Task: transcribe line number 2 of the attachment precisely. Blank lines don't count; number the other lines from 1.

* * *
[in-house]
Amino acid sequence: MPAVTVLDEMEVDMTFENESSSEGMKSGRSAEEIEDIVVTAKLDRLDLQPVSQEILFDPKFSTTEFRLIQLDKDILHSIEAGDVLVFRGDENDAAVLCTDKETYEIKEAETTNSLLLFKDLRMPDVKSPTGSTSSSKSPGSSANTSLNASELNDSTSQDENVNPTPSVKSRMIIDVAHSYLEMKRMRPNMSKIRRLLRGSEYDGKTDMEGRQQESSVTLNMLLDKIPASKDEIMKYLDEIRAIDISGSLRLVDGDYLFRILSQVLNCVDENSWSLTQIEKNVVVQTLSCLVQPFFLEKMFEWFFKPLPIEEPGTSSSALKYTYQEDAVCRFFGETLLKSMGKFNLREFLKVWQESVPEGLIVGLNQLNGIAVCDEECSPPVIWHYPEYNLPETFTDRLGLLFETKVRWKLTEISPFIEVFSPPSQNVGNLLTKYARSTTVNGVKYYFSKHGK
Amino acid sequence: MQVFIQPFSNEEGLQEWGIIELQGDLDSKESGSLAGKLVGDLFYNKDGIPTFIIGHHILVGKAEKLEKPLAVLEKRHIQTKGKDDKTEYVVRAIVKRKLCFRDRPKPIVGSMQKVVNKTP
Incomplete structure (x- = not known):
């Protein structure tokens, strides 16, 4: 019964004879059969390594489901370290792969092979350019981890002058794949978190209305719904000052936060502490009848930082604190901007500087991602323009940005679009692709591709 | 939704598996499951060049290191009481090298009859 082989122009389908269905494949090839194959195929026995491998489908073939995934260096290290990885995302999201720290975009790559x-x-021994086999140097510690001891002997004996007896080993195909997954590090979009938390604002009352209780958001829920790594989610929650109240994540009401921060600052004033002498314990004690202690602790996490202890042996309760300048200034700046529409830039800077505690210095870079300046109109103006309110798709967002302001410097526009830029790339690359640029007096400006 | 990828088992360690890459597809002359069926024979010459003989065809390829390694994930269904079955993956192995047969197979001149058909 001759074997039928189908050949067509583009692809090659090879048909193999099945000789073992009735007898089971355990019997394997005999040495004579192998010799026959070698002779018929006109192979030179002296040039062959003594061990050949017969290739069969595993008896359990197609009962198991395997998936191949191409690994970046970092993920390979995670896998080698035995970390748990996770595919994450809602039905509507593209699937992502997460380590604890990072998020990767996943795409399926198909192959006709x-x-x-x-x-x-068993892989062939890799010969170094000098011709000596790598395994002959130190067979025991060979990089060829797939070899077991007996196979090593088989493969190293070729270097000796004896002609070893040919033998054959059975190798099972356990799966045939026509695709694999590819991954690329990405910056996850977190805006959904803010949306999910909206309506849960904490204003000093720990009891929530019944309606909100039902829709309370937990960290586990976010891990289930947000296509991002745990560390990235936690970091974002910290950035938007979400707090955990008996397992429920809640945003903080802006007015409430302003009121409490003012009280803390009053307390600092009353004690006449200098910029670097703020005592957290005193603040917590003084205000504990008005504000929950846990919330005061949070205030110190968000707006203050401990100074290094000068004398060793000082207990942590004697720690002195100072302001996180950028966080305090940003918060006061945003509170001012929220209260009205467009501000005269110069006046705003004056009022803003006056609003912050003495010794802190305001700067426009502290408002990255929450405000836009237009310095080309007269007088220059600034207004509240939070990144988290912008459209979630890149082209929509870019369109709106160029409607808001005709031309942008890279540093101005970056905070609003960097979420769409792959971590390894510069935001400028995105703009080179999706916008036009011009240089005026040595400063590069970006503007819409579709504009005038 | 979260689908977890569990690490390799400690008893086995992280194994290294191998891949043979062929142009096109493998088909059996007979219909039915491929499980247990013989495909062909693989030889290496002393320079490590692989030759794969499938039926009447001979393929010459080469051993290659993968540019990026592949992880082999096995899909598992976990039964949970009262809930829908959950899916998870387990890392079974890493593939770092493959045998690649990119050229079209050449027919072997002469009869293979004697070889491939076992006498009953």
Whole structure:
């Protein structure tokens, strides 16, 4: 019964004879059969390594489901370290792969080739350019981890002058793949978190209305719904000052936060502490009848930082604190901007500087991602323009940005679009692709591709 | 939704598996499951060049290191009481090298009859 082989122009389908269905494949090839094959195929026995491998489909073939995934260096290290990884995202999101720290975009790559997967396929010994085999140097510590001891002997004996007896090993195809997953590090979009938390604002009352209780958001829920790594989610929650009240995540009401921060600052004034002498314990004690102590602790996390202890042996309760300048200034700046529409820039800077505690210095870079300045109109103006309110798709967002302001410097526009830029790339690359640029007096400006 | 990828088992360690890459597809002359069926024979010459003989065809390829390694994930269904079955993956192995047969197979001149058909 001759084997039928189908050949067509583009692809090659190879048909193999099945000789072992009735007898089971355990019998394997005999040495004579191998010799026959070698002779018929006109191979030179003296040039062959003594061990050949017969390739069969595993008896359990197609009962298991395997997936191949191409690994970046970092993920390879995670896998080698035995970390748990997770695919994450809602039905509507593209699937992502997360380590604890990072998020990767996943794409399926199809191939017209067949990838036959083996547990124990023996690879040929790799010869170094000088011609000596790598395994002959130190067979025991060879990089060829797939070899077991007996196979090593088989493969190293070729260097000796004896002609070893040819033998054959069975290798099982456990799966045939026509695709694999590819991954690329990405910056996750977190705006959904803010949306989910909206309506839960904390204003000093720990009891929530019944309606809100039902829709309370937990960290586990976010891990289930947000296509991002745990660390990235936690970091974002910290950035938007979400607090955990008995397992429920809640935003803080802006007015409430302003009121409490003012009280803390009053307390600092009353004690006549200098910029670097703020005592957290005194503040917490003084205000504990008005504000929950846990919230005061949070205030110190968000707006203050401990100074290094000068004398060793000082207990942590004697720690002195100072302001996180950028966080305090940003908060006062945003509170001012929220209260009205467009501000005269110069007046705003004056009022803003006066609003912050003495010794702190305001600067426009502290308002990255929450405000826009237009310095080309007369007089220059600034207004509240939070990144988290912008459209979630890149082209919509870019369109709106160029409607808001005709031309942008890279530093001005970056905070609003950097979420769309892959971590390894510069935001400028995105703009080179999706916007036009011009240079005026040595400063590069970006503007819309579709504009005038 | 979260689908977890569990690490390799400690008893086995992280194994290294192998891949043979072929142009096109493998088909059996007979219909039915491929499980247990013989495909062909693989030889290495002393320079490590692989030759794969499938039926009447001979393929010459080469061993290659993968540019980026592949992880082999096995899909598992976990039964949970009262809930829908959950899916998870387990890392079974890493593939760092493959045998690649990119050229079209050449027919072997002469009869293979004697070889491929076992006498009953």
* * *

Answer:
Amino acid sequence: MPAVTVLDEMEVDMTFENESSSEGMKSGRSAEEIEDIVVTAKLDRLDLQPVSQEILFDPKFSTTEFRLIQLDKDILHSIEAGDVLVFRGDENDAAVLCTDKETYEIKEAETTNSLLLFKDLRMPDVKSPTGSTSSSKSPGSSANTSLNASELNDSTSQDENVNPTPSVKSRMIIDVAHSYLEMKRMRPNMSKIRRLLRGSEYDGKTDMEGRQQESSVTLNMLLDKIPASKDEIMKYLDEIRAIDISGSLRLVDGDYLFRILSQVLNCVDENSWSLTQIEKNVVVQTLSCLVQPFFLEKMFEWFFKPLPIEEPGTSSSALKYTYQEDAVCRFFGETLLKSMGKFNLREFLKVWQESVPEGLIVGLNQLNGIAVCDEECSPPVIWHYPEYNLPETFTDRLGLLFETKVRWKLTEISPFIEVFSPPSQNVGNLLTKYARSTTVNGVKYYFSKHGK